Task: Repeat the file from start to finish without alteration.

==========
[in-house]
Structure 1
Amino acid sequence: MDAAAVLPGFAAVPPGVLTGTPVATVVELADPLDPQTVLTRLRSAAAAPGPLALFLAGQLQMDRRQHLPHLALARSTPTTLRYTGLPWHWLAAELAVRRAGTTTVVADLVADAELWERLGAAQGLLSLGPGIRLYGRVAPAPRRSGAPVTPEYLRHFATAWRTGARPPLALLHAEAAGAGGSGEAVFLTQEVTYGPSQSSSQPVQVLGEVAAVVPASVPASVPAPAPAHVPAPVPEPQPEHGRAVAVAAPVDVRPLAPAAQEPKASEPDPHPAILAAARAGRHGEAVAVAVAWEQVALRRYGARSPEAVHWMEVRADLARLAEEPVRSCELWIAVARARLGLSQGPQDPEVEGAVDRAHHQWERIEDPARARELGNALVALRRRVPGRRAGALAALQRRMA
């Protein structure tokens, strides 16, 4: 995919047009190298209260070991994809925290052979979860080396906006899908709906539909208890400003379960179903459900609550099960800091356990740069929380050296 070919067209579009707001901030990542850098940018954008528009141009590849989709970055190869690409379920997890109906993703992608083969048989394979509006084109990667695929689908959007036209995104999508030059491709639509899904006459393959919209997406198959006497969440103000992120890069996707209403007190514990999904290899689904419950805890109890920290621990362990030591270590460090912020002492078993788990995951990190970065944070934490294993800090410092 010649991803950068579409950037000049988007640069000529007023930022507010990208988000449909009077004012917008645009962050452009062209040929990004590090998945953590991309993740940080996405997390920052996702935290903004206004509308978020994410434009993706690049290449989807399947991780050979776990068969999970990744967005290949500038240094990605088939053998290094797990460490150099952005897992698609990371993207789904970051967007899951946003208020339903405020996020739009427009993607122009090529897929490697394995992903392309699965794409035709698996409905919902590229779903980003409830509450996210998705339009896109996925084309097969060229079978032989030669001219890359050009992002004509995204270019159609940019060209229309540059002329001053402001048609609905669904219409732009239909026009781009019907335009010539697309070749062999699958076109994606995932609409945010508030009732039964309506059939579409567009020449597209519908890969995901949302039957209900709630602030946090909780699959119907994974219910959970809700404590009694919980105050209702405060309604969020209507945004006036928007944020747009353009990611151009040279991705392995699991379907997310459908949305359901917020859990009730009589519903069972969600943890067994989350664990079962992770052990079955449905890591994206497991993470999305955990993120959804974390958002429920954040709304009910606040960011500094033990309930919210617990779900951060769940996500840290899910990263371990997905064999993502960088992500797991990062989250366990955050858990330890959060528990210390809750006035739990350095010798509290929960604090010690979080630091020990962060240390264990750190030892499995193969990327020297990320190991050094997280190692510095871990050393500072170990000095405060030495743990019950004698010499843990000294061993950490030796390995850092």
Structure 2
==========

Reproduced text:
[in-house]
Structure 1
Amino acid sequence: MDAAAVLPGFAAVPPGVLTGTPVATVVELADPLDPQTVLTRLRSAAAAPGPLALFLAGQLQMDRRQHLPHLALARSTPTTLRYTGLPWHWLAAELAVRRAGTTTVVADLVADAELWERLGAAQGLLSLGPGIRLYGRVAPAPRRSGAPVTPEYLRHFATAWRTGARPPLALLHAEAAGAGGSGEAVFLTQEVTYGPSQSSSQPVQVLGEVAAVVPASVPASVPAPAPAHVPAPVPEPQPEHGRAVAVAAPVDVRPLAPAAQEPKASEPDPHPAILAAARAGRHGEAVAVAVAWEQVALRRYGARSPEAVHWMEVRADLARLAEEPVRSCELWIAVARARLGLSQGPQDPEVEGAVDRAHHQWERIEDPARARELGNALVALRRRVPGRRAGALAALQRRMA
């Protein structure tokens, strides 16, 4: 995919047009190298209260070991994809925290052979979860080396906006899908709906539909208890400003379960179903459900609550099960800091356990740069929380050296 070919067209579009707001901030990542850098940018954008528009141009590849989709970055190869690409379920997890109906993703992608083969048989394979509006084109990667695929689908959007036209995104999508030059491709639509899904006459393959919209997406198959006497969440103000992120890069996707209403007190514990999904290899689904419950805890109890920290621990362990030591270590460090912020002492078993788990995951990190970065944070934490294993800090410092 010649991803950068579409950037000049988007640069000529007023930022507010990208988000449909009077004012917008645009962050452009062209040929990004590090998945953590991309993740940080996405997390920052996702935290903004206004509308978020994410434009993706690049290449989807399947991780050979776990068969999970990744967005290949500038240094990605088939053998290094797990460490150099952005897992698609990371993207789904970051967007899951946003208020339903405020996020739009427009993607122009090529897929490697394995992903392309699965794409035709698996409905919902590229779903980003409830509450996210998705339009896109996925084309097969060229079978032989030669001219890359050009992002004509995204270019159609940019060209229309540059002329001053402001048609609905669904219409732009239909026009781009019907335009010539697309070749062999699958076109994606995932609409945010508030009732039964309506059939579409567009020449597209519908890969995901949302039957209900709630602030946090909780699959119907994974219910959970809700404590009694919980105050209702405060309604969020209507945004006036928007944020747009353009990611151009040279991705392995699991379907997310459908949305359901917020859990009730009589519903069972969600943890067994989350664990079962992770052990079955449905890591994206497991993470999305955990993120959804974390958002429920954040709304009910606040960011500094033990309930919210617990779900951060769940996500840290899910990263371990997905064999993502960088992500797991990062989250366990955050858990330890959060528990210390809750006035739990350095010798509290929960604090010690979080630091020990962060240390264990750190030892499995193969990327020297990320190991050094997280190692510095871990050393500072170990000095405060030495743990019950004698010499843990000294061993950490030796390995850092």
Structure 2